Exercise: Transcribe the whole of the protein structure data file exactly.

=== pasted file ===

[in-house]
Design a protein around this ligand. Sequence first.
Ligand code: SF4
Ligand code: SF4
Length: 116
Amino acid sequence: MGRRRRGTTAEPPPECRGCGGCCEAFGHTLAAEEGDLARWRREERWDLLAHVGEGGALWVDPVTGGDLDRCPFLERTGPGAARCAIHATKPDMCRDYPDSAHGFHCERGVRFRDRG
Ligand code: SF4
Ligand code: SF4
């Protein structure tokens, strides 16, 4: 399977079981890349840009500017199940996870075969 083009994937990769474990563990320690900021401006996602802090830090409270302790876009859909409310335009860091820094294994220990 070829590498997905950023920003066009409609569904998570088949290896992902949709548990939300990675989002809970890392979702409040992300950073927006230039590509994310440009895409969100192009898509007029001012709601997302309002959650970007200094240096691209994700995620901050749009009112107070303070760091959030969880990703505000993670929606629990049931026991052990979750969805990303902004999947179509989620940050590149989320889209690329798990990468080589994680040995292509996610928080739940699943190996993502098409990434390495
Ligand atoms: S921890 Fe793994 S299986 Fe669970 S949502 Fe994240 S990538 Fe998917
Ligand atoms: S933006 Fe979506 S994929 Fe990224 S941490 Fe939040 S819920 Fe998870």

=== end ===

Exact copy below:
[in-house]
Design a protein around this ligand. Sequence first.
Ligand code: SF4
Ligand code: SF4
Length: 116
Amino acid sequence: MGRRRRGTTAEPPPECRGCGGCCEAFGHTLAAEEGDLARWRREERWDLLAHVGEGGALWVDPVTGGDLDRCPFLERTGPGAARCAIHATKPDMCRDYPDSAHGFHCERGVRFRDRG
Ligand code: SF4
Ligand code: SF4
């Protein structure tokens, strides 16, 4: 399977079981890349840009500017199940996870075969 083009994937990769474990563990320690900021401006996602802090830090409270302790876009859909409310335009860091820094294994220990 070829590498997905950023920003066009409609569904998570088949290896992902949709548990939300990675989002809970890392979702409040992300950073927006230039590509994310440009895409969100192009898509007029001012709601997302309002959650970007200094240096691209994700995620901050749009009112107070303070760091959030969880990703505000993670929606629990049931026991052990979750969805990303902004999947179509989620940050590149989320889209690329798990990468080589994680040995292509996610928080739940699943190996993502098409990434390495
Ligand atoms: S921890 Fe793994 S299986 Fe669970 S949502 Fe994240 S990538 Fe998917
Ligand atoms: S933006 Fe979506 S994929 Fe990224 S941490 Fe939040 S819920 Fe998870």